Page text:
30.           Additional matters concerning taking reasonable steps

         (1)   A court may have regard to anything that it considers to be relevant when it is deciding whether things that the person did, or did not do, were reasonable steps, including –

                (a)    the nature of the aspect or risk that the person was attempting to, or should have been attempting to, address; and

               (b)    the likelihood of a risk eventuating; and

                (c)    the degree of harm that would result if a risk did eventuate; and

               (d)    if a driver has been speeding the circumstances of the offence (for example, the risk category that the offence belongs to); and

                (e)    the degree to which the person (either personally or through an agent or employee) had the ability to eliminate, prevent or reduce an aspect, or to eliminate a risk or to minimise the likelihood of a risk eventuating; and

                (f)    the experience, expertise and knowledge that the person, or the person’s agent or employee, had or ought reasonably to have had; and

                (g)    the availability and suitability of ways to eliminate, prevent or reduce an aspect, or to eliminate a risk or to minimise the likelihood of a risk eventuating; and

                (h)    the cost of eliminating a risk or minimising the likelihood of a risk eventuating.

         (2)   Evidence that the person had complied with a registered industry code of practice in relation to the matters that the offence relates to, is evidence that the person had taken reasonable steps.

Note   Industry codes of practice may be registered under section 179 (Registration of industry codes of practice) of the C & E Act or under a corresponding road law.

         (3)   However, a person who is charged with an offence may rely on subsection (2) only if she or he serves a notice of intention to do so on the prosecution at least 28 days before the day on which the hearing for the offence is to start.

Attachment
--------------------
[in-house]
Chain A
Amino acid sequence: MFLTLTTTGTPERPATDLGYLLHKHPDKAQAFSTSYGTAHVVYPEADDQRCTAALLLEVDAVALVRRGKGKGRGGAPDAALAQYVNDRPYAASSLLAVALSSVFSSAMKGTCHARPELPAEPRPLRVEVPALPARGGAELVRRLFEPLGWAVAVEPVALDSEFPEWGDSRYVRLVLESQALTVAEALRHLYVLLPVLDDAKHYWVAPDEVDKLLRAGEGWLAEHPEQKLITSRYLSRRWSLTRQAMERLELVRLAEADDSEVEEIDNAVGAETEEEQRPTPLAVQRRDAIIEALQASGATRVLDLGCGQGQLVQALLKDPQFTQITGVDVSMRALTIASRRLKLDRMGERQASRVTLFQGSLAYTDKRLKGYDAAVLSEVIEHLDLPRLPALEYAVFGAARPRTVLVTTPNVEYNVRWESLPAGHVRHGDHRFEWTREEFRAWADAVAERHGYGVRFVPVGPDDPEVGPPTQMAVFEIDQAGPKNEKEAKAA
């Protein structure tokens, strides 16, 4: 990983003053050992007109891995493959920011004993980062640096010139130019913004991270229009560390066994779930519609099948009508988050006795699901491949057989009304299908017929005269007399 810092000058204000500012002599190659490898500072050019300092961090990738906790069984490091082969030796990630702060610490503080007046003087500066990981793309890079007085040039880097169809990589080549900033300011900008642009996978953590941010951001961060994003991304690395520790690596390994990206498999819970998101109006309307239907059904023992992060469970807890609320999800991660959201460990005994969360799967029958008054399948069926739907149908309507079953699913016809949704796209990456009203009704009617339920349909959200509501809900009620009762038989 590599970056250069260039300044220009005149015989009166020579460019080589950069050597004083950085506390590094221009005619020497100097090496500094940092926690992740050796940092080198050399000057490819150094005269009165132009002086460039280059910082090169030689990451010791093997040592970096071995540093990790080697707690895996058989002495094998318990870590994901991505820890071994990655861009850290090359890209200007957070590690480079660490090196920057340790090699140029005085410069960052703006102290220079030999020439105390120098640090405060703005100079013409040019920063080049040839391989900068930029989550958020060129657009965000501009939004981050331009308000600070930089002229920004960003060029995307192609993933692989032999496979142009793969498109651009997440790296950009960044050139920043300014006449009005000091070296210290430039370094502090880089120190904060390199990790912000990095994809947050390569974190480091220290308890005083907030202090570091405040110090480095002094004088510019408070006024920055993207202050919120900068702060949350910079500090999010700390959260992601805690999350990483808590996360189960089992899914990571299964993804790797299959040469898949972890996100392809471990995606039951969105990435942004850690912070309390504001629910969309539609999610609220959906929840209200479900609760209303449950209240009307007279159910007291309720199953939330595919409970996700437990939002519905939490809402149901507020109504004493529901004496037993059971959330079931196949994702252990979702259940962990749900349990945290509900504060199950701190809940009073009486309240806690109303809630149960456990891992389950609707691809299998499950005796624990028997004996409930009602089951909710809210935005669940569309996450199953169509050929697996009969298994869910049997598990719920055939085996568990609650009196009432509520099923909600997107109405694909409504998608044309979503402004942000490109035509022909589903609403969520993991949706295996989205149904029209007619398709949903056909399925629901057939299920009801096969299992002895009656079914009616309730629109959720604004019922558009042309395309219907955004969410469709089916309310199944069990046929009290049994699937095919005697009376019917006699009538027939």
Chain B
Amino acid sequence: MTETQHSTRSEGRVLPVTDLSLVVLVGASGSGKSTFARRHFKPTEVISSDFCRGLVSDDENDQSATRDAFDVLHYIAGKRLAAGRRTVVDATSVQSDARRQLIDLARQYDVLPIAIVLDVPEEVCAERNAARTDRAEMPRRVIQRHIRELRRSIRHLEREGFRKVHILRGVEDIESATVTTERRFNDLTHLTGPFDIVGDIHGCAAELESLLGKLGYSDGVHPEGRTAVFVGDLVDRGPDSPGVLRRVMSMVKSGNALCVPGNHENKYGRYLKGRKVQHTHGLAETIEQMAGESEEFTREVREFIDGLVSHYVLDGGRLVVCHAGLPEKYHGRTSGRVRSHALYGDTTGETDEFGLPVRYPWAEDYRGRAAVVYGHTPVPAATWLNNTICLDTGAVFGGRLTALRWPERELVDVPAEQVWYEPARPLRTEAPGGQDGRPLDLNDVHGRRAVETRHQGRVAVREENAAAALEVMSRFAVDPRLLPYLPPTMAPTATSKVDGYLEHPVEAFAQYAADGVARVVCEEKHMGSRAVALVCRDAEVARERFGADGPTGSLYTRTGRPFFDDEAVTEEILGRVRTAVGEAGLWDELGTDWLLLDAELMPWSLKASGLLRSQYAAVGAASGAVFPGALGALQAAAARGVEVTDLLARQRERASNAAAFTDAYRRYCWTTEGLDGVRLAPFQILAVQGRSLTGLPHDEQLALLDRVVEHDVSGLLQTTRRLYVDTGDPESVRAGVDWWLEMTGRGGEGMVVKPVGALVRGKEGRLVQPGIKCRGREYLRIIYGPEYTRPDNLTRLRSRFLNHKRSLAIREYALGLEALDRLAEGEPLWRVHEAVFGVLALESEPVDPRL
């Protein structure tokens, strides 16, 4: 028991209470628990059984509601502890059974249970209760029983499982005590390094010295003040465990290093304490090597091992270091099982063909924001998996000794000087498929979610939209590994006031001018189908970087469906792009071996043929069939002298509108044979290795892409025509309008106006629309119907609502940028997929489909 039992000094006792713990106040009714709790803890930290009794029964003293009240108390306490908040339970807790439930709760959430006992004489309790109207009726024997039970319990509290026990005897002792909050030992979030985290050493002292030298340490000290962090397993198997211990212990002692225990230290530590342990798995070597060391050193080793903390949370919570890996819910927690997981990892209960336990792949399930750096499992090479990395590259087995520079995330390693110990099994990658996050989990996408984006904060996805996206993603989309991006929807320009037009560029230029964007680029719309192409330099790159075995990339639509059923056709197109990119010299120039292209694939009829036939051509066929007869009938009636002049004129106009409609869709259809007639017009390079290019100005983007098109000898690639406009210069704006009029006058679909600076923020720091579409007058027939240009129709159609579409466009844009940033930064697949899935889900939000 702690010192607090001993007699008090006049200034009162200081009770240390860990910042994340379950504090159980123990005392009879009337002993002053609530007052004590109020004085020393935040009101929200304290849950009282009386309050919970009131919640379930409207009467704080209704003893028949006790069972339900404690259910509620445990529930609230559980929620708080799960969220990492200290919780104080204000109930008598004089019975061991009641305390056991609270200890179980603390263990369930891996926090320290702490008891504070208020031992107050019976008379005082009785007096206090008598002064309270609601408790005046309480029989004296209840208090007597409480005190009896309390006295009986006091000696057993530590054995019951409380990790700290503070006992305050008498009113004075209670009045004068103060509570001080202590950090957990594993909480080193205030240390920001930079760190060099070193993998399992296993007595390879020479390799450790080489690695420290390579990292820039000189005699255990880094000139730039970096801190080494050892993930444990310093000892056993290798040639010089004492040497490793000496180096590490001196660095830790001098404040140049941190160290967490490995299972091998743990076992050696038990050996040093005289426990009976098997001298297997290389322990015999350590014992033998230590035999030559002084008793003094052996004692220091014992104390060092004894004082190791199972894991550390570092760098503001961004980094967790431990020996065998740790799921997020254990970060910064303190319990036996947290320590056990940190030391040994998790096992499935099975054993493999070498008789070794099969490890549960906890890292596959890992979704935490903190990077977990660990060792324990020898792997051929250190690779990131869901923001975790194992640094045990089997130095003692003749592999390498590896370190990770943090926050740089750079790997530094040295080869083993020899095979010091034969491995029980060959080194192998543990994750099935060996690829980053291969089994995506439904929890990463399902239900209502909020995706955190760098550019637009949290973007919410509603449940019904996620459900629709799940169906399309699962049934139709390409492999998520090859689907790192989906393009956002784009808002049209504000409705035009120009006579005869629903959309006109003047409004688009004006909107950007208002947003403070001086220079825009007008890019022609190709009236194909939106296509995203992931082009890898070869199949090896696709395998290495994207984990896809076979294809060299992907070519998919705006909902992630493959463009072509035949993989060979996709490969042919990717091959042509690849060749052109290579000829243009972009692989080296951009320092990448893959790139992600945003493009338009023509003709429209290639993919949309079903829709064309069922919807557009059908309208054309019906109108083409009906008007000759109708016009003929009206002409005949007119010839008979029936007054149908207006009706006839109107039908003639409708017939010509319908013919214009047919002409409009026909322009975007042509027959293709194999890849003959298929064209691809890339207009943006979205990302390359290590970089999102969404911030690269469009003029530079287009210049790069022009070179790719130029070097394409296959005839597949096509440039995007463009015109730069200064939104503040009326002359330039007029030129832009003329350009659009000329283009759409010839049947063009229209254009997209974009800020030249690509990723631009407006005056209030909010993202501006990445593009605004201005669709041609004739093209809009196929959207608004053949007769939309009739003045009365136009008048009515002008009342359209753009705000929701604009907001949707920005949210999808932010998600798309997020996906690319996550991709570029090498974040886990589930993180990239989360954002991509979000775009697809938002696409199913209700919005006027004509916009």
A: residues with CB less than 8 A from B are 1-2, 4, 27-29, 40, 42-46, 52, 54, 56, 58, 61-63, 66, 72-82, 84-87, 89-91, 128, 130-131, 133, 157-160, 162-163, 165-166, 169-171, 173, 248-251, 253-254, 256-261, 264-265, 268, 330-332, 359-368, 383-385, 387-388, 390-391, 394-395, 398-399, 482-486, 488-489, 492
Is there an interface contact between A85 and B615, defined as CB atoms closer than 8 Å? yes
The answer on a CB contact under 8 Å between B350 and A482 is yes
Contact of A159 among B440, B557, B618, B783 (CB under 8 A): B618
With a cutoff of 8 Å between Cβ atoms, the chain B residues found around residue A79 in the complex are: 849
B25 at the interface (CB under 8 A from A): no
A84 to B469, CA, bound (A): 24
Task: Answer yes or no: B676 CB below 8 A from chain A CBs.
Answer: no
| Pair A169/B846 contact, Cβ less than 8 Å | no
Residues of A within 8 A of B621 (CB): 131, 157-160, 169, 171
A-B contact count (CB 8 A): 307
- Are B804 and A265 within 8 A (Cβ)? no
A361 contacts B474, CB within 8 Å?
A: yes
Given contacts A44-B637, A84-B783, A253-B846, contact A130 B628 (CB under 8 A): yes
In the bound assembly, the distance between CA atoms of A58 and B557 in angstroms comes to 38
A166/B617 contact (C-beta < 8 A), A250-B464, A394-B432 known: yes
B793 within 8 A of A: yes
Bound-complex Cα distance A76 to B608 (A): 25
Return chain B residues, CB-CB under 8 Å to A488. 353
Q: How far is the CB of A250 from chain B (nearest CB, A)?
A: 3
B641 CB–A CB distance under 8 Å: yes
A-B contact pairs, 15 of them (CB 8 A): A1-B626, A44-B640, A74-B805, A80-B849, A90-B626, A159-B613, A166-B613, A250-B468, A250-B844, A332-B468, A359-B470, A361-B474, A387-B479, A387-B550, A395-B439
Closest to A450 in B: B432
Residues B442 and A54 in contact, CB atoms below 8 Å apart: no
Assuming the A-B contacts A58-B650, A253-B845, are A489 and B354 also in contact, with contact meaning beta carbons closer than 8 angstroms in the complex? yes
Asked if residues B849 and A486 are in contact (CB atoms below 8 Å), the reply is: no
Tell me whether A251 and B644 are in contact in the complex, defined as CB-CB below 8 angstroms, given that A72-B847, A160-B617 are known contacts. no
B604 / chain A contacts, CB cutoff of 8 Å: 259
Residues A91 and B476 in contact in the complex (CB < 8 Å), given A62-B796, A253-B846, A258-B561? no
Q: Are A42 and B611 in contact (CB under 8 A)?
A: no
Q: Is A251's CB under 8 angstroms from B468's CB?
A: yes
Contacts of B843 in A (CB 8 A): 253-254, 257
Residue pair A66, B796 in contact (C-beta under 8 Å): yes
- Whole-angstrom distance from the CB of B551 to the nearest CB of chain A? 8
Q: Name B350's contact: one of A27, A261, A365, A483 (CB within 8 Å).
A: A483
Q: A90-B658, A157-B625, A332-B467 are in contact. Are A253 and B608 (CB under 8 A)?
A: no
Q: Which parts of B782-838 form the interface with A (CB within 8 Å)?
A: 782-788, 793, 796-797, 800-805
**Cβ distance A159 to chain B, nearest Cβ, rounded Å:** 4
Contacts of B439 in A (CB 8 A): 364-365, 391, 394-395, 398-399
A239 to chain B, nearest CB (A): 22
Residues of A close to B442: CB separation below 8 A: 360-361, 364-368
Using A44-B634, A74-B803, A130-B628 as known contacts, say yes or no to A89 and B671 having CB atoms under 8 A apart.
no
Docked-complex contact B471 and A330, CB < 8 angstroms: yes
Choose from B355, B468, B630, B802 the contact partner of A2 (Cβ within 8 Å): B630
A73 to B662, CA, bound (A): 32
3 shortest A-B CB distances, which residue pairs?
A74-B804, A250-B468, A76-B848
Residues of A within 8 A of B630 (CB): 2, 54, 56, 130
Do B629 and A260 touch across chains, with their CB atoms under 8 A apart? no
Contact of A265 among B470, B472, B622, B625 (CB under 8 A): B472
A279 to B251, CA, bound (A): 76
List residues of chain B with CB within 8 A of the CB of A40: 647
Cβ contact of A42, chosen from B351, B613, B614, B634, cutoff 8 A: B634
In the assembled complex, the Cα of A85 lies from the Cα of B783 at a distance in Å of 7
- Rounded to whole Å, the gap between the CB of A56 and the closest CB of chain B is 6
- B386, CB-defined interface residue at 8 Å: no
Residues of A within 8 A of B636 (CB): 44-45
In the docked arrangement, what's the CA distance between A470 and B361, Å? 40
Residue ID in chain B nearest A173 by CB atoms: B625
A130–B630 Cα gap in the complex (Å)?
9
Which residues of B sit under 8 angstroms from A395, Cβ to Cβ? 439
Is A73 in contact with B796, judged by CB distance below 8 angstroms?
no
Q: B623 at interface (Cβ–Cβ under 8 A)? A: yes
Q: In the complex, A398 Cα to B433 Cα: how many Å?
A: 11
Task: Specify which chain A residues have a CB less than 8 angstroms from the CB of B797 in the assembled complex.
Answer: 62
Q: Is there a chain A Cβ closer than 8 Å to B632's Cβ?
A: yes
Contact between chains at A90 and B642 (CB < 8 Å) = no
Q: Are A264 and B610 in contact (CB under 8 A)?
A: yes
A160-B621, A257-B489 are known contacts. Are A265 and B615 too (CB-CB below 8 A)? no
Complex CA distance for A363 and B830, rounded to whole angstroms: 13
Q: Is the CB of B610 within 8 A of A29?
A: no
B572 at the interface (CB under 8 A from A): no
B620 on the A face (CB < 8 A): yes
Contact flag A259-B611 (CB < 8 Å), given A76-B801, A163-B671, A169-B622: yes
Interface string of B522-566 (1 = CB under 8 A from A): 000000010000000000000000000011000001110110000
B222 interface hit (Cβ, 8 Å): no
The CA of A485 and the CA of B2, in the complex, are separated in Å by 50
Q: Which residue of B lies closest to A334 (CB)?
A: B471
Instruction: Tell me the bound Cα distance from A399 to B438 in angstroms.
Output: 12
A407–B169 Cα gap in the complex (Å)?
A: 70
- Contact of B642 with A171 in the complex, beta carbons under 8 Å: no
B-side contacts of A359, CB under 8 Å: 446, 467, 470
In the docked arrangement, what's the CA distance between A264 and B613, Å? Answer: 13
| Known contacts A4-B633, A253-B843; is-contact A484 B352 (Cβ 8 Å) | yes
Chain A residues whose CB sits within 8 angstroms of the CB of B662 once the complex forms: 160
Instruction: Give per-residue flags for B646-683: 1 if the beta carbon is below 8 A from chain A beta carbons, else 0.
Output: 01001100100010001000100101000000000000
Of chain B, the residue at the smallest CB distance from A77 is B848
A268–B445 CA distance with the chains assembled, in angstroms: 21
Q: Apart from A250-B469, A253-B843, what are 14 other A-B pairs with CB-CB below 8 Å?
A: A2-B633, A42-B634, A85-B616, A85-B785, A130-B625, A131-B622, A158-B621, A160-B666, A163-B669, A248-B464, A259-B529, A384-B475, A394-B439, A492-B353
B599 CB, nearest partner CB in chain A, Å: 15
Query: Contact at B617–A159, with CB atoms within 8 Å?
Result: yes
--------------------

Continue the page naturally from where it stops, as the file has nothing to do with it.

Division 2              Evidential matters

31.           Deciding what a person ought reasonably to have known

                If, in a prosecution for an offence against this Act, it is relevant to prove that someone ought reasonably to have known something, the issue must be decided having regard to –

                (a)    the person’s abilities, experience, expertise, knowledge, qualifications and training; and

               (b)    the circumstances of the offence; and

                (c)    any other matters specified by the regulations for the purposes of this section.

32.           Commission of speeding offence is irrelevant to Part 2 prosecutions

                In a prosecution under Part 2, it is not necessary to prove that a driver exceeded a speed limit.

Division 3              Enforcement powers

33.    General enforcement powers

         (1)   Nothing in this Act has the effect of preventing or excluding the use of any other powers of enforcement available to an authorised officer or police officer in relation to a road law.

         (2)   A power available to an authorised officer or a police officer under the C & E Act may be applied in relation to an offence under this Act, unless the power is only able to be applied in relation to a breach of a mass, dimension or load restraint requirement under the C & E Act.